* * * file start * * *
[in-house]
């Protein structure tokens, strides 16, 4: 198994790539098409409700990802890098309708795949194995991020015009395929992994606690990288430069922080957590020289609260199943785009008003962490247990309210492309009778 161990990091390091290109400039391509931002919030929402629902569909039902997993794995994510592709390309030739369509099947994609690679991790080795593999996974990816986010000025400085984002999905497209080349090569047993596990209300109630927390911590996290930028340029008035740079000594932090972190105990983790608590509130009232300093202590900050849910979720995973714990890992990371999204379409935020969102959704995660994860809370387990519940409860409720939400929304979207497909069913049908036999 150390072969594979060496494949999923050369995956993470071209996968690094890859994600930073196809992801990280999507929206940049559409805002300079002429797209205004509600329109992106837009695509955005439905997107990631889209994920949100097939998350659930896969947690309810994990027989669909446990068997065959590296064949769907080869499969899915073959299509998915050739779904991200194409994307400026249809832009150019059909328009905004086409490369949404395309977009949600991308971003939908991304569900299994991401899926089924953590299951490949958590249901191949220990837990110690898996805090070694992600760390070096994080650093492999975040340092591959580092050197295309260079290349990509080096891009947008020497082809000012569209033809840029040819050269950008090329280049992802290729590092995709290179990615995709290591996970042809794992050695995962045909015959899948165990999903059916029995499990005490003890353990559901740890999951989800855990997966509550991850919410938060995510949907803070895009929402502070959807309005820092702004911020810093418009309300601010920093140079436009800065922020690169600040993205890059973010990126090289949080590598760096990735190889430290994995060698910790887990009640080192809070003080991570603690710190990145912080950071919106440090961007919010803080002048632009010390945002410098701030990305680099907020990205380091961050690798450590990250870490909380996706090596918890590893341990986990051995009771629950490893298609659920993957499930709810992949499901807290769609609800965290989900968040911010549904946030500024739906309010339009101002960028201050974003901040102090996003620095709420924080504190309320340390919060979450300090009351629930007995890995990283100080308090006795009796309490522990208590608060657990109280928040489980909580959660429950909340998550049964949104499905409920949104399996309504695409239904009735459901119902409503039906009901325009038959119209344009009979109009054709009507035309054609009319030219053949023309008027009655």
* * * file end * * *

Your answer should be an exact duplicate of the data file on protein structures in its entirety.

[in-house]
């Protein structure tokens, strides 16, 4: 198994790539098409409700990802890098309708795949194995991020015009395929992994606690990288430069922080957590020289609260199943785009008003962490247990309210492309009778 161990990091390091290109400039391509931002919030929402629902569909039902997993794995994510592709390309030739369509099947994609690679991790080795593999996974990816986010000025400085984002999905497209080349090569047993596990209300109630927390911590996290930028340029008035740079000594932090972190105990983790608590509130009232300093202590900050849910979720995973714990890992990371999204379409935020969102959704995660994860809370387990519940409860409720939400929304979207497909069913049908036999 150390072969594979060496494949999923050369995956993470071209996968690094890859994600930073196809992801990280999507929206940049559409805002300079002429797209205004509600329109992106837009695509955005439905997107990631889209994920949100097939998350659930896969947690309810994990027989669909446990068997065959590296064949769907080869499969899915073959299509998915050739779904991200194409994307400026249809832009150019059909328009905004086409490369949404395309977009949600991308971003939908991304569900299994991401899926089924953590299951490949958590249901191949220990837990110690898996805090070694992600760390070096994080650093492999975040340092591959580092050197295309260079290349990509080096891009947008020497082809000012569209033809840029040819050269950008090329280049992802290729590092995709290179990615995709290591996970042809794992050695995962045909015959899948165990999903059916029995499990005490003890353990559901740890999951989800855990997966509550991850919410938060995510949907803070895009929402502070959807309005820092702004911020810093418009309300601010920093140079436009800065922020690169600040993205890059973010990126090289949080590598760096990735190889430290994995060698910790887990009640080192809070003080991570603690710190990145912080950071919106440090961007919010803080002048632009010390945002410098701030990305680099907020990205380091961050690798450590990250870490909380996706090596918890590893341990986990051995009771629950490893298609659920993957499930709810992949499901807290769609609800965290989900968040911010549904946030500024739906309010339009101002960028201050974003901040102090996003620095709420924080504190309320340390919060979450300090009351629930007995890995990283100080308090006795009796309490522990208590608060657990109280928040489980909580959660429950909340998550049964949104499905409920949104399996309504695409239904009735459901119902409503039906009901325009038959119209344009009979109009054709009507035309054609009319030219053949023309008027009655």